Thomas Hart Benton was born on April 15, 1889 in Neosho, Missouri, USA into an influential clan of politicians and powerbrokers. Benton's father was a lawyer and United States congressman and his great-uncle was Senator from Missouri.
Benton spent his childhood shuttling between Washington D.C. and Missouri. He rebelled against his grooming for a future political career, and preferred to develop his interest in art. As a teenager, he worked as a cartoonist for the Joplin American newspaper.
In 1907 Benton enrolled at the Art Institute of Chicago, but left for Paris, France in 1909 to continue his art education at the Académie Julian. In Paris, Benton met other North American artists among whom Diego Rivera and Stanton Macdonald-Wright. Wright's influence gave a strong Synchromist leaning to Benton's work.
Benton returned to New York City in 1913. His work as a draftsman in the United States Navy in 1919 changed his style significantly. His artwork during his navy stint concentrated on realistic sketches and drawings of shipyard work and life—a change of focus that would continue throughout his career.
On return to New York in the early 1920s, Benton declared himself an enemy of modernism and painted naturalistic and representational work today known as Regionalism. Benton taught at the Art Students League, and was active in leftist politics. He was heavily influenced by El Greco.
In 1932 Benton broke through to the mainstream. A relative unknown, he was chosen to produce the murals of Indiana life that would become that state's contribution to the 1933 Century of Progress Exhibition in Chicago, Illinois. The Indiana Murals stirred controversy; Benton painted everyday people in an unflattering light, including Ku Klux Klan members. The controversy landed Benton on the cover of Time magazine and made him a household name. The mural panels are currently displayed at Indiana University in Bloomington.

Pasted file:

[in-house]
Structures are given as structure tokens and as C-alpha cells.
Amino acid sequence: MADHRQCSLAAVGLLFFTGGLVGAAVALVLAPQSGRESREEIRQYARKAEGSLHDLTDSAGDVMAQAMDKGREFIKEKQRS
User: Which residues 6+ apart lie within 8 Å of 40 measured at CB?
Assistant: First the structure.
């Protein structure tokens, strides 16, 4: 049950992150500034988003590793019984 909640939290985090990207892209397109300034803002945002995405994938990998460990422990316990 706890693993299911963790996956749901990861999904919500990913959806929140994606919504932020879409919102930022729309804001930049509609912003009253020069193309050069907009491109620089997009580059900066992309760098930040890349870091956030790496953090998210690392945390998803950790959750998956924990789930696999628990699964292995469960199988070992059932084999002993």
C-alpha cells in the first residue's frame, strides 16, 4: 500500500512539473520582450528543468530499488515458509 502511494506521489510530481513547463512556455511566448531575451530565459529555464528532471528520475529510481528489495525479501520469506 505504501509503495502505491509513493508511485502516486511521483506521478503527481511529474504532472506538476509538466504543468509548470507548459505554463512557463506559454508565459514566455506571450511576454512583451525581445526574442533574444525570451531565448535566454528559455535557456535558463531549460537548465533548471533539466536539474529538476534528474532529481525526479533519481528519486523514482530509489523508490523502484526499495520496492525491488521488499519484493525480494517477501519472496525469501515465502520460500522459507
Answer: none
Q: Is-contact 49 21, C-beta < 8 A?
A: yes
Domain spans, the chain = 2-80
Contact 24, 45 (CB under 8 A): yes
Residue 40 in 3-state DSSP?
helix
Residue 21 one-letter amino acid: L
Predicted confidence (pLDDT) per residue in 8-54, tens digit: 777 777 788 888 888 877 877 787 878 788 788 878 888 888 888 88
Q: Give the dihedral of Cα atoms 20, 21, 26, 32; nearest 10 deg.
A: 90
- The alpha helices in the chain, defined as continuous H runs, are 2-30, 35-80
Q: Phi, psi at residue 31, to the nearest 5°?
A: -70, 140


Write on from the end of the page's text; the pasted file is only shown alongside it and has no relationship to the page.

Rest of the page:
In 1935 Benton left New York, where artistic debates were heated, for a teaching job at the Kansas City Art Institute in Kansas City, Missouri. His works often show the melancholy, desperation and beauty of small-town life. Benton's sympathy was with the working class and the small farmer, unable to gain material advantage despite the Industrial Revolution.
Benton's students at the Art Institute included many of the future painters of the Midwest heartland. His most famous student, Jackson Pollock, whom he mentored in the Art Students League, would go on to found the Abstract Expressionist movement—wildly different from Benton's own style. Jackson Pollock often said that Benton's traditional teachings gave him something to rebel against. Pollock never gave up on the idea art needed impact on the audience, in this way he followed Benton.
In 1941, Benton was dismissed from the Art Institute after calling the typical art museum "a graveyard run by a pretty boy with delicate wrists and a swing in his gait" and similar homophobic remarks. Despite this, his work remained popular until the end of the decade, when it was eclipsed by the rise of Abstract Expressionism.
For the rest of his career Benton concentrated on murals in public buildings in the Midwest. Benton died on January 19, 1975 at work in his studio, with a brush in his hand.